M.A. Nichols, N.A. Savidov
Aquaponics is the land-based production of fish in tanks combined with the recirculation of the water from the fish tanks through hydroponic systems to produce high value horticultural crops. The waste products from the fish are converted by a bio-filter into soluble nutrients, which are absorbed by the plants, and allow “clean” water to be returned back to the fish. Thus, it produces valuable fish protein with a minimal pollution of fresh water resources, while at the same time producing horticultural (usually vegetable) crops. The production of fertilizers is becoming increasingly expensive due to high prices on fossil fuels, and this may have long term implications for nutrient use in agriculture in the future. Aquaponics uses waste products derived from animals and plants which are fed to the fish, and thus converted into valuable animal protein and fresh vegetables. With the world’s fresh water resources limited, aquaponics would appear to have considerable potential for arid and similar climates. Disease and pest problems are minimized because of the development of an ecological balance. Productivity is commonly as good (or better) than with conventional hydroponic systems.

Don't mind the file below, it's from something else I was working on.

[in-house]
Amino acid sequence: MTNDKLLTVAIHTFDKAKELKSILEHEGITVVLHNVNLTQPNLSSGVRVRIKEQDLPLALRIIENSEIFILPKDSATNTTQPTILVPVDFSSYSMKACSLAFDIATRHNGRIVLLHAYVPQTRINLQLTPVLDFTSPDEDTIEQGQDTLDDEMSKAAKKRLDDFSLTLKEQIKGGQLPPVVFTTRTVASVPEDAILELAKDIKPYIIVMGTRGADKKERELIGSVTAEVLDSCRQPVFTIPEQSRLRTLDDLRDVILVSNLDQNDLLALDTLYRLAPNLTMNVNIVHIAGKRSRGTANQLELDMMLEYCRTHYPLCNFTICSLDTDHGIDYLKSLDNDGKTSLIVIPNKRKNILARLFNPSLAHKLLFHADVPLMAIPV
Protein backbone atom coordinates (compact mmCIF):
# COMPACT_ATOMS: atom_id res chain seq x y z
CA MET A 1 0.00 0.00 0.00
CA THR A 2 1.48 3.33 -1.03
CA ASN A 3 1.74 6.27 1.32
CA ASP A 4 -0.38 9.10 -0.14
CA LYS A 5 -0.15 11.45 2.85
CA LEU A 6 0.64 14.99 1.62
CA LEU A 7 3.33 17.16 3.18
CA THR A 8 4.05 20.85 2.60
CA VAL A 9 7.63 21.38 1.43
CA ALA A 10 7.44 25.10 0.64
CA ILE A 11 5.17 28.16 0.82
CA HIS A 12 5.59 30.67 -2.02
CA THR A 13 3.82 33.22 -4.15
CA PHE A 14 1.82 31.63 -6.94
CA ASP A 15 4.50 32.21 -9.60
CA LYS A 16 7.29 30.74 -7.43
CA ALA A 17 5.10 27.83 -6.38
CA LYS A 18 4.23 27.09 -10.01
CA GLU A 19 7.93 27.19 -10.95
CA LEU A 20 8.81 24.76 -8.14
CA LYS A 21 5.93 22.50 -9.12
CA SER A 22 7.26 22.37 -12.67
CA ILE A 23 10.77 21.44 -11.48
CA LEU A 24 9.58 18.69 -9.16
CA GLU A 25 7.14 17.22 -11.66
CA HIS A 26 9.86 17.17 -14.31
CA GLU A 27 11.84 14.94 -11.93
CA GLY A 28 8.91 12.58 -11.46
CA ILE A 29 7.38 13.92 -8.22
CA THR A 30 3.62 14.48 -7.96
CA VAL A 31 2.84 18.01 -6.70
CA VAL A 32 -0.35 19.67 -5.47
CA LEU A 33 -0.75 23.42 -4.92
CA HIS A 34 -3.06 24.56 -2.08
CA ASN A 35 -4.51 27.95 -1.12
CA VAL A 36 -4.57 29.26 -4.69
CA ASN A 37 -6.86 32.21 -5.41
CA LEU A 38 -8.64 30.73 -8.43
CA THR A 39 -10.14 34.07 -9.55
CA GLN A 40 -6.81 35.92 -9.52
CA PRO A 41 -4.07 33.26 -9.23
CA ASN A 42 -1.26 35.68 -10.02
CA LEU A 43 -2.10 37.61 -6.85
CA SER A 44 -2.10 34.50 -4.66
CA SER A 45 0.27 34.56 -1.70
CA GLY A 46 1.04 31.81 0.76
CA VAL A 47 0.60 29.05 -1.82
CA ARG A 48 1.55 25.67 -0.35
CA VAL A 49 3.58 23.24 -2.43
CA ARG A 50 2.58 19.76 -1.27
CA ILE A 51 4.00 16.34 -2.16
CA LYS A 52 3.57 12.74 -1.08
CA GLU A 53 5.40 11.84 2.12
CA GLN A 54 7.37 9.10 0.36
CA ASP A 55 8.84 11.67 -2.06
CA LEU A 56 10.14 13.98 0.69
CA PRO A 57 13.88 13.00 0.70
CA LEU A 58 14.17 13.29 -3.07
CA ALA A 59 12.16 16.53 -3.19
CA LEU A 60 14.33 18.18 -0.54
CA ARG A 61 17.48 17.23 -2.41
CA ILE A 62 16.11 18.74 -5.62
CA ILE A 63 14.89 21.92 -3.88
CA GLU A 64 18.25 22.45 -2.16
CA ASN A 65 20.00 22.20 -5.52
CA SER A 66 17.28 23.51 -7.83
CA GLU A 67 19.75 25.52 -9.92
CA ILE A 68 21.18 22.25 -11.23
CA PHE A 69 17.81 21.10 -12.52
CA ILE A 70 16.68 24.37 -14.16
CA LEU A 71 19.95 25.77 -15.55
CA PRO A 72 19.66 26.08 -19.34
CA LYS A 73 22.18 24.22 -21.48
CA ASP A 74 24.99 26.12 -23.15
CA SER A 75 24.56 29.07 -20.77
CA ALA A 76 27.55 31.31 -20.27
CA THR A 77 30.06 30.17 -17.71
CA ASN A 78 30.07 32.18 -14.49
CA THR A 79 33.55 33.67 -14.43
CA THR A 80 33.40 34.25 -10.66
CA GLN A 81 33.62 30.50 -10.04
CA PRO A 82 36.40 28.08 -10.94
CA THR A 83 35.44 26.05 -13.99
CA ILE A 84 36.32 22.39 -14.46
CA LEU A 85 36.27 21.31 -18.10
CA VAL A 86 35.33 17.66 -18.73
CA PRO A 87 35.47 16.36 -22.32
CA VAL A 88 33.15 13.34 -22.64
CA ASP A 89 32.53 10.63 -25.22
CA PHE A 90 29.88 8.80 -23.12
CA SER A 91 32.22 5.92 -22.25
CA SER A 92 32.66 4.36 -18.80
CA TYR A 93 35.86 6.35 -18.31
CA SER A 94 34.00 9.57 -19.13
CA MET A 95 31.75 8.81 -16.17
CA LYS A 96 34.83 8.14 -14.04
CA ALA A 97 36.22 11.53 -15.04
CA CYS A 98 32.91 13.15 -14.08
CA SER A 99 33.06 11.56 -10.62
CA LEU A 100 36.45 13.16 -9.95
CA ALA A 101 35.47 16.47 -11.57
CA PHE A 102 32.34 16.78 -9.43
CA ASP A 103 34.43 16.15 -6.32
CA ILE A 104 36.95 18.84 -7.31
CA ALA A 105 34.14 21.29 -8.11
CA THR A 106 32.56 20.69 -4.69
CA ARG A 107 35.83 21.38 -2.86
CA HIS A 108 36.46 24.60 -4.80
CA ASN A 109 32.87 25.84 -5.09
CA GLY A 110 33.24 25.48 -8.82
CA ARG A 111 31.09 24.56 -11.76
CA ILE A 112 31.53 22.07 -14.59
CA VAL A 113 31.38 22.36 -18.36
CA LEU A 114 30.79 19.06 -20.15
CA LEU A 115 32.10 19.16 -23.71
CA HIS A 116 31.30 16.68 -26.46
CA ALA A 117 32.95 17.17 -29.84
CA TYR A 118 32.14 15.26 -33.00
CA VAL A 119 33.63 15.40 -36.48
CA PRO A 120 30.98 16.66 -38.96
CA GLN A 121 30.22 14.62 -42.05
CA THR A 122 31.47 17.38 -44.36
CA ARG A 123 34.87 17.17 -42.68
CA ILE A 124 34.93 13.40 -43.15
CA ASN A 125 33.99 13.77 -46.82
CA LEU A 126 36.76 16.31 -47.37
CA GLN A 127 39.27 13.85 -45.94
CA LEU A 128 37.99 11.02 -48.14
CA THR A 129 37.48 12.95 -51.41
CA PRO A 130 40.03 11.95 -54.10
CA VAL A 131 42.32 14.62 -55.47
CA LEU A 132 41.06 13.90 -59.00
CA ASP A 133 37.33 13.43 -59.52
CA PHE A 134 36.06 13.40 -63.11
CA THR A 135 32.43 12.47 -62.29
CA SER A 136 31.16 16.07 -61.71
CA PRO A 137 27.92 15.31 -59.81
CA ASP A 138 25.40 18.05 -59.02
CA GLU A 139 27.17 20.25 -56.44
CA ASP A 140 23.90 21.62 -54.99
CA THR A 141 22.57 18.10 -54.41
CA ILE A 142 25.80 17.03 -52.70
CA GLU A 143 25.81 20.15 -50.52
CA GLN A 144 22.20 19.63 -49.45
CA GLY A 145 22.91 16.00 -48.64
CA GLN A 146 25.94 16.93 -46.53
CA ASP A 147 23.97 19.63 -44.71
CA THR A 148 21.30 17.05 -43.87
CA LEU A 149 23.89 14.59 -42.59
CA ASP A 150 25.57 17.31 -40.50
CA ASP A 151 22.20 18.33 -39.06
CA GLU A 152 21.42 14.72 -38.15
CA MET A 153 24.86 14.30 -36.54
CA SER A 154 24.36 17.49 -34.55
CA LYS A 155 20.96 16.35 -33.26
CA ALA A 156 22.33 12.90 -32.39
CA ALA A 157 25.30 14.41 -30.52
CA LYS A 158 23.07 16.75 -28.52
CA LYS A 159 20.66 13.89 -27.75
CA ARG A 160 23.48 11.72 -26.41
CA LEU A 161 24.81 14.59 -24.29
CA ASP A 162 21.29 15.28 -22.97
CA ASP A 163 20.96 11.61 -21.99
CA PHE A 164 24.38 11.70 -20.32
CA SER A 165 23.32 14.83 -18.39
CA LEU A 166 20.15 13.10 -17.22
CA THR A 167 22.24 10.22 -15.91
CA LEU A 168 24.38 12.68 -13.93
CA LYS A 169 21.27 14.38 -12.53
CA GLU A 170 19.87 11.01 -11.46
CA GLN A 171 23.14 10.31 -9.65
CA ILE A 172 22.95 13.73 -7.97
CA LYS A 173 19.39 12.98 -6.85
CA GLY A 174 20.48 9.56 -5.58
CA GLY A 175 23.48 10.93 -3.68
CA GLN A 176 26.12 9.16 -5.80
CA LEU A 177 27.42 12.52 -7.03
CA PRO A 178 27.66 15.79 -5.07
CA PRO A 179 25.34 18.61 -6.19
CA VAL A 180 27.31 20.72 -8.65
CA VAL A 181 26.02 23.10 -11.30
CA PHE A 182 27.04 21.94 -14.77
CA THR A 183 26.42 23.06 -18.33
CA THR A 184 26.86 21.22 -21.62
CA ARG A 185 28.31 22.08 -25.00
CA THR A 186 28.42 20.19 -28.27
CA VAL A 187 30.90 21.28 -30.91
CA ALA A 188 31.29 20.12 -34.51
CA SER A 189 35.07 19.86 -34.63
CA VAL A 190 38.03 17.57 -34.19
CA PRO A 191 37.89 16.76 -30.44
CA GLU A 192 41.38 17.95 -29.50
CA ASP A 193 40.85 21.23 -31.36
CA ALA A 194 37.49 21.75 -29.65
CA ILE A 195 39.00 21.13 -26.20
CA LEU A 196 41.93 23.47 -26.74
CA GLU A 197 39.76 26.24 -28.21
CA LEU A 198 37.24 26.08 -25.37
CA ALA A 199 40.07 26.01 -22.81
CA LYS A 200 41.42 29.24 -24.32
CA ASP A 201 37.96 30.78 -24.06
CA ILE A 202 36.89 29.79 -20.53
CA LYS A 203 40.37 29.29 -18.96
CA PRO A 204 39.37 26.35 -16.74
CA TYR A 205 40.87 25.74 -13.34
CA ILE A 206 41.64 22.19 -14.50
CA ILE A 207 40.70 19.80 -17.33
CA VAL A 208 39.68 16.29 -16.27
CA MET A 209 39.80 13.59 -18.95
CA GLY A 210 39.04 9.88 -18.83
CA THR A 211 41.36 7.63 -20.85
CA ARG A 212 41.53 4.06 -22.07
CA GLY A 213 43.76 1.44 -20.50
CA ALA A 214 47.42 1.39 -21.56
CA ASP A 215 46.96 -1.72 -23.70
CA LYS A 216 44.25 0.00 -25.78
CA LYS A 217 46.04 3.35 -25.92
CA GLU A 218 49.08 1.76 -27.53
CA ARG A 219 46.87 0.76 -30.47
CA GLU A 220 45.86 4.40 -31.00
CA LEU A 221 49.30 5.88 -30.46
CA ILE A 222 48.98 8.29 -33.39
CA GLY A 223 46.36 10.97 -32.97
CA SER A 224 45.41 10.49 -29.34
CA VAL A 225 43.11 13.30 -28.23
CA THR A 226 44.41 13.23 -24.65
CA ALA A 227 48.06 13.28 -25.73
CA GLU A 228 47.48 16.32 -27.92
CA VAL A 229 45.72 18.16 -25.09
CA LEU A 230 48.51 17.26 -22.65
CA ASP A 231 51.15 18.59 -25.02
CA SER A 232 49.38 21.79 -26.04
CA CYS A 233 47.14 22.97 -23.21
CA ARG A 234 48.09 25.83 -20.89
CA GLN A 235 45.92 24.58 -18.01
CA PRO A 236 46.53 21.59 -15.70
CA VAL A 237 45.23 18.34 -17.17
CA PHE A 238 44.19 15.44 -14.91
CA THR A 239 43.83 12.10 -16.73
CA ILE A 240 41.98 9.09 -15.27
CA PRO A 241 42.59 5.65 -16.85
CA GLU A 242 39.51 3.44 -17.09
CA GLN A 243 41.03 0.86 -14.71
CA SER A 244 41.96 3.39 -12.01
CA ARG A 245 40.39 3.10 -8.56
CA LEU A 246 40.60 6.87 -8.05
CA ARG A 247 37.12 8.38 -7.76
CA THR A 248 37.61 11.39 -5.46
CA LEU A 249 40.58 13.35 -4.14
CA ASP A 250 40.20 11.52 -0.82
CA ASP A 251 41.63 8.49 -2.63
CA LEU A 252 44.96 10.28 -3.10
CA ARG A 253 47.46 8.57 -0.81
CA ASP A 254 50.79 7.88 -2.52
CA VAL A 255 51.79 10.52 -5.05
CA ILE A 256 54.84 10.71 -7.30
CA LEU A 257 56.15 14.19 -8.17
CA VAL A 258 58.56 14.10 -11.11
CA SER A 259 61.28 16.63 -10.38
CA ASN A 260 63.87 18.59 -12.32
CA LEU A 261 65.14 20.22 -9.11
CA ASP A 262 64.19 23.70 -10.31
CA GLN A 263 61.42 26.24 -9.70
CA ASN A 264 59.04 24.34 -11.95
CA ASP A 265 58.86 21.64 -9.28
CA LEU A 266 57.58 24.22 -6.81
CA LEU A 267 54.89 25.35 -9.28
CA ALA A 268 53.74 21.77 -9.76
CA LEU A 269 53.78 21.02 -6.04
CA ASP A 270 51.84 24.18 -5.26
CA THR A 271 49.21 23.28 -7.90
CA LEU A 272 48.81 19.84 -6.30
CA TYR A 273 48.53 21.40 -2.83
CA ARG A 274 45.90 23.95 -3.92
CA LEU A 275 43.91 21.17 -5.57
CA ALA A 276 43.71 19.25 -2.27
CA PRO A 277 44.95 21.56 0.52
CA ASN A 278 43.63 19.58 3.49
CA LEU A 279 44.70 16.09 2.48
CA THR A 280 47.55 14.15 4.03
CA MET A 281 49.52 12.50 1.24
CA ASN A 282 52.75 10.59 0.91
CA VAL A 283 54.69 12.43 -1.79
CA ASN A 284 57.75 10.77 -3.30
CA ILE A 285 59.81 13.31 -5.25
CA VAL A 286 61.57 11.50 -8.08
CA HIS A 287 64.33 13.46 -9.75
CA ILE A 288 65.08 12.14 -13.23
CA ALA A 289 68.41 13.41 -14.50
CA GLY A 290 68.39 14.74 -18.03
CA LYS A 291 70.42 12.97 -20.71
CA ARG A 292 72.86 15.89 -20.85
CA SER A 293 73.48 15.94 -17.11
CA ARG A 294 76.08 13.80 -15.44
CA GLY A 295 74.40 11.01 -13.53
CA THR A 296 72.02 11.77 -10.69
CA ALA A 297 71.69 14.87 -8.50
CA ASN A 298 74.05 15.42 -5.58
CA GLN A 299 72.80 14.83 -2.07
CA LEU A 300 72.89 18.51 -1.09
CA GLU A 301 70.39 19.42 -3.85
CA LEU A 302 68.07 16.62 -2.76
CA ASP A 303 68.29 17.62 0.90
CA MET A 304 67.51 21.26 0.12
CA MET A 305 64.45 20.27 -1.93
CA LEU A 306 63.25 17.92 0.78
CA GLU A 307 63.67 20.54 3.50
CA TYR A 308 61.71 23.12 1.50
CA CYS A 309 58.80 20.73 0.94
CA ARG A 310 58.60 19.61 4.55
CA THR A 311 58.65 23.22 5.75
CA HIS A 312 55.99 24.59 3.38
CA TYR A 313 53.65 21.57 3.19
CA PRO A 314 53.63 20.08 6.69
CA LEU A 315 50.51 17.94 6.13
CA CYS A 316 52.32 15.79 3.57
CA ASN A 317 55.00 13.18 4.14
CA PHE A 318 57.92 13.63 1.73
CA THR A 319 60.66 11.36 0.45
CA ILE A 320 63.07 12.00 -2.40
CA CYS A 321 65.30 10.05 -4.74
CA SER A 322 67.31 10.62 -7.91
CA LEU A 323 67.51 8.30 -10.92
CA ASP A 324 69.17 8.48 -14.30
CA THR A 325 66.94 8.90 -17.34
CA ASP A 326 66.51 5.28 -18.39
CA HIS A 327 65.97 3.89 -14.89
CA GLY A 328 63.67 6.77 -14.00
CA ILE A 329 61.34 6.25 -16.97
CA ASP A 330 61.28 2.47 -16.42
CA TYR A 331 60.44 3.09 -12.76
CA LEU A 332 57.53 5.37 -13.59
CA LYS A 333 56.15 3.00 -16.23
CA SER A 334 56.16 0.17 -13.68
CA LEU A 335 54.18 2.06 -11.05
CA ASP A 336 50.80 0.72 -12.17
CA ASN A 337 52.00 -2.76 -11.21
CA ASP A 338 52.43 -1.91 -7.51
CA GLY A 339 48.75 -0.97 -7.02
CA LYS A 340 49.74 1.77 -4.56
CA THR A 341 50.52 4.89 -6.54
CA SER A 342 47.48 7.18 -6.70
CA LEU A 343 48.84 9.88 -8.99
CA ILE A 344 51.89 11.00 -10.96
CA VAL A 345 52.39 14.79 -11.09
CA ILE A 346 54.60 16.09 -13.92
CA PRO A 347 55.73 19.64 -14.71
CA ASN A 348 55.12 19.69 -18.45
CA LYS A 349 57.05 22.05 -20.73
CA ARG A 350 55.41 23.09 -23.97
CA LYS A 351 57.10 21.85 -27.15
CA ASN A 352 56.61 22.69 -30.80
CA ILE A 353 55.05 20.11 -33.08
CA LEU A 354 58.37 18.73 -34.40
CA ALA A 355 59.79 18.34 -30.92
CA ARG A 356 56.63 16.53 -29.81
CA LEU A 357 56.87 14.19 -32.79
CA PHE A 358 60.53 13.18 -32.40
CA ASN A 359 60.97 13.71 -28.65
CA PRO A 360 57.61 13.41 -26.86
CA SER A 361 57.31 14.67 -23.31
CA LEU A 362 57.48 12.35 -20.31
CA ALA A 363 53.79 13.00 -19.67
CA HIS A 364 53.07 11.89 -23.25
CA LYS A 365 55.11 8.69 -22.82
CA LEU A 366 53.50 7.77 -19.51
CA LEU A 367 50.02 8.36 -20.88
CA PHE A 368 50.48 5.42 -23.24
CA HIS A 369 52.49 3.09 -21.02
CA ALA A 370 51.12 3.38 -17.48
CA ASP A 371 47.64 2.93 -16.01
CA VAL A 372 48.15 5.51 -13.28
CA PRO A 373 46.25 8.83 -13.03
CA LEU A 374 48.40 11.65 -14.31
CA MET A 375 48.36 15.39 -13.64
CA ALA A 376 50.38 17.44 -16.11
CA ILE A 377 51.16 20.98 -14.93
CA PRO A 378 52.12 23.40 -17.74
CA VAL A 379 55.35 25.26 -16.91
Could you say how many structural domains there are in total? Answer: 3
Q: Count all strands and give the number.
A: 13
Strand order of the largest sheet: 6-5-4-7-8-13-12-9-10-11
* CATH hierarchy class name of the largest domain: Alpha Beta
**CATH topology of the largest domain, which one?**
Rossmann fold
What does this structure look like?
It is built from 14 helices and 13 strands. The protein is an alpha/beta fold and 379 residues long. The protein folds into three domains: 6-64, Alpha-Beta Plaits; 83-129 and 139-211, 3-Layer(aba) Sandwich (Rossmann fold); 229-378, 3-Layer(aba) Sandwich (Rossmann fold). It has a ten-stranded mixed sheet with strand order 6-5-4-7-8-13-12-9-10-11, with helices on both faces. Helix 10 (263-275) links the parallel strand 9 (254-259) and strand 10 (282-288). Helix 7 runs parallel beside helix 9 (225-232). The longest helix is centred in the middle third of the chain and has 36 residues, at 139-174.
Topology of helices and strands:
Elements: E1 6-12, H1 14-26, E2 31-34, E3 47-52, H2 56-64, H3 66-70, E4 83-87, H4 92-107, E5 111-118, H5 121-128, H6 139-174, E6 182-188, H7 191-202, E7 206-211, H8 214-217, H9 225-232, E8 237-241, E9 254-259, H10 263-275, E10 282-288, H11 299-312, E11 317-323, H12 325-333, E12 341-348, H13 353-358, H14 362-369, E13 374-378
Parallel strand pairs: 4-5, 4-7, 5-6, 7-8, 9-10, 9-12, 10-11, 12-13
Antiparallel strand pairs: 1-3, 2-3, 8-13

Nichols, M.A. and Savidov, N.A. (2012). AQUAPONICS: A NUTRIENT AND WATER EFFICIENT PRODUCTION SYSTEM. Acta Hortic. 947, 129-132
DOI: 10.17660/ActaHortic.2012.947.14
fish, hydroponics, environmentally friendly, ecologically balanced

Acta Horticulturae